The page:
In Iceland Moss is a common plant, widely grows in the mountainous region. The moss has a special characteristic of Iceland’s lava fields. However, the southern coast of Iceland over Eldraun Lava field is one of the most remarkable moss blankets in Iceland. The recorded history exposed a devastating eruption created the lave fields in Eldraun. In 1783 the Laki fissure and the adjoining Grímsvötn volcano poured out an expected 14 cubic kilometers of basalt lava and clouds of poisonous gases that contaminated the soil, killing half of Iceland’s cattle and horses, and more than three-quarter of sheep. Moss can be easily damaged and potentially irreparably. Moss areas are particularly sensitive and damage caused by footprints and tire marks can take a very long time to heal.
However, in that year, nothing grew on the fields and no fish found in the sea. This was resulting in famine killed approximately a quarter of the island’s human population. Therefore, Laki’s eruption had even more widespread effects. In the years following the eruption, the climate across the Northern Hemisphere deteriorated. In the winter of 1784, the North America became the longest and one of the coldest on record. Thus, massive snowstorm hit the South, the Mississippi River froze at New Orleans and there were reports of ice floes in the Gulf of Mexico.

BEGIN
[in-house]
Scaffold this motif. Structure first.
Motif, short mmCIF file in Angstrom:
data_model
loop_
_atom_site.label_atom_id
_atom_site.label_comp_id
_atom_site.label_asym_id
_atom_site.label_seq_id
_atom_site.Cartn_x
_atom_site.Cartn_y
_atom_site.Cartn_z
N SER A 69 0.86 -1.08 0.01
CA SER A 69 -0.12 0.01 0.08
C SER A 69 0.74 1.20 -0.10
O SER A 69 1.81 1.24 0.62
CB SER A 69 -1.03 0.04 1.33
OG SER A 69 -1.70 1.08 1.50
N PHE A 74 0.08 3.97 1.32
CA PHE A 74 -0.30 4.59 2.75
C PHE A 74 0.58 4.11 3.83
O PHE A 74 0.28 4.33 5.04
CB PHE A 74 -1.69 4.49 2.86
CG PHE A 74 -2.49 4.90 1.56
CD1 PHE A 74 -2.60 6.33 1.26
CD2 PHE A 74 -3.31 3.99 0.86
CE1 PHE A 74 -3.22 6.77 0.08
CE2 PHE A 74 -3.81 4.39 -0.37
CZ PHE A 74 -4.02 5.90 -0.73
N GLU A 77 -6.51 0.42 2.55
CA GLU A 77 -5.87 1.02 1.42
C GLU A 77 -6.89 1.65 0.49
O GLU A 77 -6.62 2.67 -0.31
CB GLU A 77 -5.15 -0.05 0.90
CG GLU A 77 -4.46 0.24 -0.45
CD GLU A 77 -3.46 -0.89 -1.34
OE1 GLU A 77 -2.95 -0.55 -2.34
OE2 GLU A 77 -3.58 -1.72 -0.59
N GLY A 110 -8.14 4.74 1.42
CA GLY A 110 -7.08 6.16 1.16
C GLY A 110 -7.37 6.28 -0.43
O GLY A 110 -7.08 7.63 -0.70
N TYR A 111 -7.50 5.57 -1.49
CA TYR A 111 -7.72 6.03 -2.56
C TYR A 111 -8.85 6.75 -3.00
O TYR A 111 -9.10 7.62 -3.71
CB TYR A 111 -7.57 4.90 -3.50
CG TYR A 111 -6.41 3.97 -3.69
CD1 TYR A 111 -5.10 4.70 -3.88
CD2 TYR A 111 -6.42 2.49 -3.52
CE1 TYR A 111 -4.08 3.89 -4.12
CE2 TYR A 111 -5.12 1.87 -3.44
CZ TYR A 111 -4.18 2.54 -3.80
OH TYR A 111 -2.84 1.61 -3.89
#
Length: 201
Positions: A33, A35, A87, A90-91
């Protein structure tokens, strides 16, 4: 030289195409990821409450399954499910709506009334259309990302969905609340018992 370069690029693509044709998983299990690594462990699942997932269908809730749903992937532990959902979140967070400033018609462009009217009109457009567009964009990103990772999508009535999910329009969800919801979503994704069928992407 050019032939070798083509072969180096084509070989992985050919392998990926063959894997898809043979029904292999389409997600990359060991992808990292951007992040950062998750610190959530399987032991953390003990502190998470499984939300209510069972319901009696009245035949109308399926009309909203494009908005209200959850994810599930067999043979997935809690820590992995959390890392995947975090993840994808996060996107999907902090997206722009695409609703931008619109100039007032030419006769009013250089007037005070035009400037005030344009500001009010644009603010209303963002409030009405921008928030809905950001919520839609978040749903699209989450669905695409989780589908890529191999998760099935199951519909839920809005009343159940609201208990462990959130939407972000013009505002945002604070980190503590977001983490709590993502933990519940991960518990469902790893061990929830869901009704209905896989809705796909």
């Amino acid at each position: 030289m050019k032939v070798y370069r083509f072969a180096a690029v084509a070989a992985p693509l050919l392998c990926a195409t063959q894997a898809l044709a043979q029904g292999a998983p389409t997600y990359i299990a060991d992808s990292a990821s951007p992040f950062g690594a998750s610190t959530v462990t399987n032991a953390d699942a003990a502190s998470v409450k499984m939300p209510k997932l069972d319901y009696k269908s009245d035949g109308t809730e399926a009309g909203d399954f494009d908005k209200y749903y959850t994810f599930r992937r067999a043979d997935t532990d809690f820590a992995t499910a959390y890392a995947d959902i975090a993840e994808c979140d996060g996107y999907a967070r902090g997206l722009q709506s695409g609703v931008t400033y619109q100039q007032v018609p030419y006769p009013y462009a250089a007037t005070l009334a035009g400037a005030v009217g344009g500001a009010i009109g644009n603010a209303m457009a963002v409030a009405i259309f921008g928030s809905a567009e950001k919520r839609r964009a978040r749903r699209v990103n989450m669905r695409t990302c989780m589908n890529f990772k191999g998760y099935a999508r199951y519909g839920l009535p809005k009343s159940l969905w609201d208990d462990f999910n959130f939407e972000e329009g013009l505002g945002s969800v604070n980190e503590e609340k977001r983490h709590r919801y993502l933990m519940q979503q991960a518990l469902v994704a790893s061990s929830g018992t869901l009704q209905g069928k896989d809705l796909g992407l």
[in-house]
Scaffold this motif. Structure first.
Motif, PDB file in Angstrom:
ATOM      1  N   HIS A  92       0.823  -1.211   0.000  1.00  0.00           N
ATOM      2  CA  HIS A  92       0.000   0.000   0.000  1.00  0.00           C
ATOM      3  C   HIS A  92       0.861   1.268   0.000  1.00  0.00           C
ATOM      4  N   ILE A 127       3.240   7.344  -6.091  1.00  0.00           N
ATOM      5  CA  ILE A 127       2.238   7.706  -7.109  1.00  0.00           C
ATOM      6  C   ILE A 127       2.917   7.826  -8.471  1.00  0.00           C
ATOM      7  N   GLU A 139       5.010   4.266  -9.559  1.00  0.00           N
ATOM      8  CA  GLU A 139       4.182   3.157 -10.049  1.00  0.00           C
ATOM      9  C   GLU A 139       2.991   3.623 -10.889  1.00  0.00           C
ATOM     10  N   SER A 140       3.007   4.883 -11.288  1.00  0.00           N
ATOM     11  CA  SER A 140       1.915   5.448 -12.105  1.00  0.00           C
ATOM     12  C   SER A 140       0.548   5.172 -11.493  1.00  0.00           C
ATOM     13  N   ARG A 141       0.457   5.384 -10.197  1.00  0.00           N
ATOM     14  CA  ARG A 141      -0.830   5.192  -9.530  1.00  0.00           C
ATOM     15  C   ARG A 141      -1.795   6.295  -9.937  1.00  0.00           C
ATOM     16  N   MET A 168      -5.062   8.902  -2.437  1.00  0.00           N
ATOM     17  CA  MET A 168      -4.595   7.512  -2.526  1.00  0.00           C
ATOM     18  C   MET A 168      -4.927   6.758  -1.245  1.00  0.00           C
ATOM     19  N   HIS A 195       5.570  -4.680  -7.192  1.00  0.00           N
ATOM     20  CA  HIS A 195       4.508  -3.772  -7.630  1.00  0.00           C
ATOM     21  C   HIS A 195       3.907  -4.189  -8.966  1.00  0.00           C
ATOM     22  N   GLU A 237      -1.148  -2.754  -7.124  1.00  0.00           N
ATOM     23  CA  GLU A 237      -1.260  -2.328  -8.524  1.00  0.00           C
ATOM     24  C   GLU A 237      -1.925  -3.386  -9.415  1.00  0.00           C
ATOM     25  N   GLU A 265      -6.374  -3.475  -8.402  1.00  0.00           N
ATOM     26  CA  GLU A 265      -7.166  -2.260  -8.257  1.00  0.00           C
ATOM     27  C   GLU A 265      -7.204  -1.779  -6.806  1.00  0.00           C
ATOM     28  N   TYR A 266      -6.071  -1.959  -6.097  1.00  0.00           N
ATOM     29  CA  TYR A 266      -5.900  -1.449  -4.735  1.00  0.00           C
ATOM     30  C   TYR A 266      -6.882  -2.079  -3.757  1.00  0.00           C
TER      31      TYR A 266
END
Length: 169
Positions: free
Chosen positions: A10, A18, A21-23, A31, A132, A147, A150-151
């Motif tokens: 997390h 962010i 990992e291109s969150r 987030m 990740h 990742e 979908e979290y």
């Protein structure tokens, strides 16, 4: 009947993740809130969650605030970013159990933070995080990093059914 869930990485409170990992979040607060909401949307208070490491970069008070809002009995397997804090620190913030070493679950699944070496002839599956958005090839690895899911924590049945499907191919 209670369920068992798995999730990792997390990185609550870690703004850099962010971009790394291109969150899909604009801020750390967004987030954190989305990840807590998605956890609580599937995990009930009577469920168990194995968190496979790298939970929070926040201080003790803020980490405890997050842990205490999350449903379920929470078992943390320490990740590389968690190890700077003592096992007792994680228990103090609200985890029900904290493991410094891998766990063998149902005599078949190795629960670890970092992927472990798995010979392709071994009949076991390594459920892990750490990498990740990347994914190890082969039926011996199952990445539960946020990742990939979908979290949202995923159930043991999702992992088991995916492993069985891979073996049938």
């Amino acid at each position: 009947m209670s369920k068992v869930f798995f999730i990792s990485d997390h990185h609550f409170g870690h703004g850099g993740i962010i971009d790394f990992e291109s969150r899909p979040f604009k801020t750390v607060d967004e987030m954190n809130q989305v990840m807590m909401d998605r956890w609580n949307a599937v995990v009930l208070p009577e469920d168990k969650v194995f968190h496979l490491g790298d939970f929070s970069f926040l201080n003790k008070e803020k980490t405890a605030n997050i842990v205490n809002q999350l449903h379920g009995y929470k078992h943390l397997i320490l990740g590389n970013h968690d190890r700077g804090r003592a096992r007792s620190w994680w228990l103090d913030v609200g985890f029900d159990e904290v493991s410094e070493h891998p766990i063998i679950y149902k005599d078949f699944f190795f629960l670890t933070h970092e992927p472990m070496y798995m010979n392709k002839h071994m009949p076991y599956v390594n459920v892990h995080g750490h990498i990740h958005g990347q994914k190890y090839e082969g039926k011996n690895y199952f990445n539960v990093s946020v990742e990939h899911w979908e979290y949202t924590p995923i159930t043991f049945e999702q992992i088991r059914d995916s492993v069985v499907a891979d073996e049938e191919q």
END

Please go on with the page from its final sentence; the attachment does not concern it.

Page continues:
Moreover, huge Haze from the eruption floated east as far away as India weakening monsoon circulations and leading to drought and crop failures. Moreover, in 1784 the famine that hit Egypt, as a result of the eruption, killed approximately 1/6 of its population. Hence, the worst consequences were felt in Europe. The summer of 1783 was the hottest on record and a rare high-pressure zone over Iceland caused the winds to blow to the south-east. The poisonous cloud drifted across Europe, and its inhalation killed tens of thousands. In Great Britain alone, it caused some 23,000 deaths.
As the weather became hot, thunderstorms became more severe and large hailstones rained down from the sky causing injury and death to cattle. The following winter was tremendously cold and result in 8,000 extra deaths in the UK. Even though, in the during the spring thaw, Germany and Central Europe reported faced catastrophic flood damage. A series of crop failures in France and the causing poverty and famine eventually triggered the French Revolution of 1789-1799. Nowadays, the Eldraun Lava Field looks very serene and tranquil. The thick green moss has helped softened the rugged landscape, almost disguising Eldhraun’s violent past.